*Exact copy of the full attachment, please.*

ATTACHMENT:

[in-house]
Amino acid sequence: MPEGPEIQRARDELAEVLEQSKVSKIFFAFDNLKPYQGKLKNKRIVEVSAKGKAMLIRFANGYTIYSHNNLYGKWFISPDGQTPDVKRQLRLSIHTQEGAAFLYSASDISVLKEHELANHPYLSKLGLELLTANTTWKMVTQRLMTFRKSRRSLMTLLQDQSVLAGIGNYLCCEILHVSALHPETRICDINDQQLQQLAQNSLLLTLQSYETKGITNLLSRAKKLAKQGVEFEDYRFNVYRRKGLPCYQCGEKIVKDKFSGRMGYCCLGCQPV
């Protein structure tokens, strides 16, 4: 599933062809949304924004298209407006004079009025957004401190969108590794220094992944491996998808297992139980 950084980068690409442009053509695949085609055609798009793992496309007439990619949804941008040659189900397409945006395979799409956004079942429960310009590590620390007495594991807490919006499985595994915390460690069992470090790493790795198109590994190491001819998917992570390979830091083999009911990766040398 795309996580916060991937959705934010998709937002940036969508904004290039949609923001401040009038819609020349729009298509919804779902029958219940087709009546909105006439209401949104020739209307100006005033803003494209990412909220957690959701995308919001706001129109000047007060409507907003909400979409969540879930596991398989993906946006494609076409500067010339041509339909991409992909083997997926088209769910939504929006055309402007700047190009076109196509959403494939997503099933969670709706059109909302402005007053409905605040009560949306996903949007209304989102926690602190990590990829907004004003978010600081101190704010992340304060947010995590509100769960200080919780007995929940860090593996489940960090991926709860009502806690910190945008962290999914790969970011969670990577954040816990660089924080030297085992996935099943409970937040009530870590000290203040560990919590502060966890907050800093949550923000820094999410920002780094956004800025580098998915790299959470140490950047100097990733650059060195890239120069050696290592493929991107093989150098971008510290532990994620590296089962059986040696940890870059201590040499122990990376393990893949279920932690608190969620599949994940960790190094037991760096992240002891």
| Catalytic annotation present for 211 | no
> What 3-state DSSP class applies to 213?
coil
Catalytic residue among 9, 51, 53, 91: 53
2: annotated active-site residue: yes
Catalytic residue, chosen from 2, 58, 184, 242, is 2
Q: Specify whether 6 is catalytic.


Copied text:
[in-house]
Amino acid sequence: MPEGPEIQRARDELAEVLEQSKVSKIFFAFDNLKPYQGKLKNKRIVEVSAKGKAMLIRFANGYTIYSHNNLYGKWFISPDGQTPDVKRQLRLSIHTQEGAAFLYSASDISVLKEHELANHPYLSKLGLELLTANTTWKMVTQRLMTFRKSRRSLMTLLQDQSVLAGIGNYLCCEILHVSALHPETRICDINDQQLQQLAQNSLLLTLQSYETKGITNLLSRAKKLAKQGVEFEDYRFNVYRRKGLPCYQCGEKIVKDKFSGRMGYCCLGCQPV
């Protein structure tokens, strides 16, 4: 599933062809949304924004298209407006004079009025957004401190969108590794220094992944491996998808297992139980 950084980068690409442009053509695949085609055609798009793992496309007439990619949804941008040659189900397409945006395979799409956004079942429960310009590590620390007495594991807490919006499985595994915390460690069992470090790493790795198109590994190491001819998917992570390979830091083999009911990766040398 795309996580916060991937959705934010998709937002940036969508904004290039949609923001401040009038819609020349729009298509919804779902029958219940087709009546909105006439209401949104020739209307100006005033803003494209990412909220957690959701995308919001706001129109000047007060409507907003909400979409969540879930596991398989993906946006494609076409500067010339041509339909991409992909083997997926088209769910939504929006055309402007700047190009076109196509959403494939997503099933969670709706059109909302402005007053409905605040009560949306996903949007209304989102926690602190990590990829907004004003978010600081101190704010992340304060947010995590509100769960200080919780007995929940860090593996489940960090991926709860009502806690910190945008962290999914790969970011969670990577954040816990660089924080030297085992996935099943409970937040009530870590000290203040560990919590502060966890907050800093949550923000820094999410920002780094956004800025580098998915790299959470140490950047100097990733650059060195890239120069050696290592493929991107093989150098971008510290532990994620590296089962059986040696940890870059201590040499122990990376393990893949279920932690608190969620599949994940960790190094037991760096992240002891």
| Catalytic annotation present for 211 | no
> What 3-state DSSP class applies to 213?
coil
Catalytic residue among 9, 51, 53, 91: 53
2: annotated active-site residue: yes
Catalytic residue, chosen from 2, 58, 184, 242, is 2
Q: Specify whether 6 is catalytic.